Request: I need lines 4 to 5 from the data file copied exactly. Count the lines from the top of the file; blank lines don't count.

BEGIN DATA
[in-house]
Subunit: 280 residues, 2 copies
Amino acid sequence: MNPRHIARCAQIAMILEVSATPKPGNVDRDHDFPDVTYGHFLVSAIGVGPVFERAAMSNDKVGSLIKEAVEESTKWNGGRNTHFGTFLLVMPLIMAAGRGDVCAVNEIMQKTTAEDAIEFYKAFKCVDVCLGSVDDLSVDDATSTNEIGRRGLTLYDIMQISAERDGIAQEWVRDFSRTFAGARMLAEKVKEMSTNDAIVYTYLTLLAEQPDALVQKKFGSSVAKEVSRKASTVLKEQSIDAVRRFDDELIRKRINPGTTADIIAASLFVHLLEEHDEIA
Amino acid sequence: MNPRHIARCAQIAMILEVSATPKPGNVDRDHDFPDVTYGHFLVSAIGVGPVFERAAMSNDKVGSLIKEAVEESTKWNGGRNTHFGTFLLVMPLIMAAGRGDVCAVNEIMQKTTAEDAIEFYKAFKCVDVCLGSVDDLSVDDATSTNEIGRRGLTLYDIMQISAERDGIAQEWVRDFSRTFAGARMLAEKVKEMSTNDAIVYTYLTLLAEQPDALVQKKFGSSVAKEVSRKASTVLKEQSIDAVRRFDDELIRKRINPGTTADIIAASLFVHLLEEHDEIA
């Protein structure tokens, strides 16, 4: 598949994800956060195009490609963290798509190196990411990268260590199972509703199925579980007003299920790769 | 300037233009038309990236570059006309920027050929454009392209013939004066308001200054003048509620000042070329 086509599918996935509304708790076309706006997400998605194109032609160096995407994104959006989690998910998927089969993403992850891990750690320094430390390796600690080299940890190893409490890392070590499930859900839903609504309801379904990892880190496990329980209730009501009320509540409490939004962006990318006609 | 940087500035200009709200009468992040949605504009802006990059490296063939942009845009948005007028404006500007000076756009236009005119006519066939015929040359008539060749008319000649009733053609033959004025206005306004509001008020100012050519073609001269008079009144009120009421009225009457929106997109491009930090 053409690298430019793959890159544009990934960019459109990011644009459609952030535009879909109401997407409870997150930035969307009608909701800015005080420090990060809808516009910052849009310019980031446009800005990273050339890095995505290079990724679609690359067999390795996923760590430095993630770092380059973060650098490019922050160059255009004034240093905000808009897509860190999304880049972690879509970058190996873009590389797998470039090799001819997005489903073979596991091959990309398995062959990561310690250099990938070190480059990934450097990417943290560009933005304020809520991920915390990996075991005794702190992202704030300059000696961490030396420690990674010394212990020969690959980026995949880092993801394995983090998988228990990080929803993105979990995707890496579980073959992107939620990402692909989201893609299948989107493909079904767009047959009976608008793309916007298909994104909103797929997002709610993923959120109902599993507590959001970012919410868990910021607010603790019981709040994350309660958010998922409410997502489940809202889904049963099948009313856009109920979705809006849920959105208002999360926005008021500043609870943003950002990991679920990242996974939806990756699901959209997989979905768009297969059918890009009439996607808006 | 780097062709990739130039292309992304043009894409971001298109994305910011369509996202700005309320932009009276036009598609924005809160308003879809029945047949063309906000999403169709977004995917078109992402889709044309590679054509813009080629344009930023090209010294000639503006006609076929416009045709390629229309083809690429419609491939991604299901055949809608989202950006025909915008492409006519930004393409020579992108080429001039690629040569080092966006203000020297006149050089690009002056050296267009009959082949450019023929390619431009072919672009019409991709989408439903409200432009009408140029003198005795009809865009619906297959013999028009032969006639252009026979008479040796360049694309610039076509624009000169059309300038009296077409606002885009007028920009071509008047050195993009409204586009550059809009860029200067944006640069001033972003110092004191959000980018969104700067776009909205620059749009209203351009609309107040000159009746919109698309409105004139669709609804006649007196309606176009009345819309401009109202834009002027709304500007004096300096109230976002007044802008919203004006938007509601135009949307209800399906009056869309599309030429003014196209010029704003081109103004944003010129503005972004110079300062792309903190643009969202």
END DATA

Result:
Amino acid sequence: MNPRHIARCAQIAMILEVSATPKPGNVDRDHDFPDVTYGHFLVSAIGVGPVFERAAMSNDKVGSLIKEAVEESTKWNGGRNTHFGTFLLVMPLIMAAGRGDVCAVNEIMQKTTAEDAIEFYKAFKCVDVCLGSVDDLSVDDATSTNEIGRRGLTLYDIMQISAERDGIAQEWVRDFSRTFAGARMLAEKVKEMSTNDAIVYTYLTLLAEQPDALVQKKFGSSVAKEVSRKASTVLKEQSIDAVRRFDDELIRKRINPGTTADIIAASLFVHLLEEHDEIA
């Protein structure tokens, strides 16, 4: 598949994800956060195009490609963290798509190196990411990268260590199972509703199925579980007003299920790769 | 300037233009038309990236570059006309920027050929454009392209013939004066308001200054003048509620000042070329 086509599918996935509304708790076309706006997400998605194109032609160096995407994104959006989690998910998927089969993403992850891990750690320094430390390796600690080299940890190893409490890392070590499930859900839903609504309801379904990892880190496990329980209730009501009320509540409490939004962006990318006609 | 940087500035200009709200009468992040949605504009802006990059490296063939942009845009948005007028404006500007000076756009236009005119006519066939015929040359008539060749008319000649009733053609033959004025206005306004509001008020100012050519073609001269008079009144009120009421009225009457929106997109491009930090 053409690298430019793959890159544009990934960019459109990011644009459609952030535009879909109401997407409870997150930035969307009608909701800015005080420090990060809808516009910052849009310019980031446009800005990273050339890095995505290079990724679609690359067999390795996923760590430095993630770092380059973060650098490019922050160059255009004034240093905000808009897509860190999304880049972690879509970058190996873009590389797998470039090799001819997005489903073979596991091959990309398995062959990561310690250099990938070190480059990934450097990417943290560009933005304020809520991920915390990996075991005794702190992202704030300059000696961490030396420690990674010394212990020969690959980026995949880092993801394995983090998988228990990080929803993105979990995707890496579980073959992107939620990402692909989201893609299948989107493909079904767009047959009976608008793309916007298909994104909103797929997002709610993923959120109902599993507590959001970012919410868990910021607010603790019981709040994350309660958010998922409410997502489940809202889904049963099948009313856009109920979705809006849920959105208002999360926005008021500043609870943003950002990991679920990242996974939806990756699901959209997989979905768009297969059918890009009439996607808006 | 780097062709990739130039292309992304043009894409971001298109994305910011369509996202700005309320932009009276036009598609924005809160308003879809029945047949063309906000999403169709977004995917078109992402889709044309590679054509813009080629344009930023090209010294000639503006006609076929416009045709390629229309083809690429419609491939991604299901055949809608989202950006025909915008492409006519930004393409020579992108080429001039690629040569080092966006203000020297006149050089690009002056050296267009009959082949450019023929390619431009072919672009019409991709989408439903409200432009009408140029003198005795009809865009619906297959013999028009032969006639252009026979008479040796360049694309610039076509624009000169059309300038009296077409606002885009007028920009071509008047050195993009409204586009550059809009860029200067944006640069001033972003110092004191959000980018969104700067776009909205620059749009209203351009609309107040000159009746919109698309409105004139669709609804006649007196309606176009009345819309401009109202834009002027709304500007004096300096109230976002007044802008919203004006938007509601135009949307209800399906009056869309599309030429003014196209010029704003081109103004944003010129503005972004110079300062792309903190643009969202």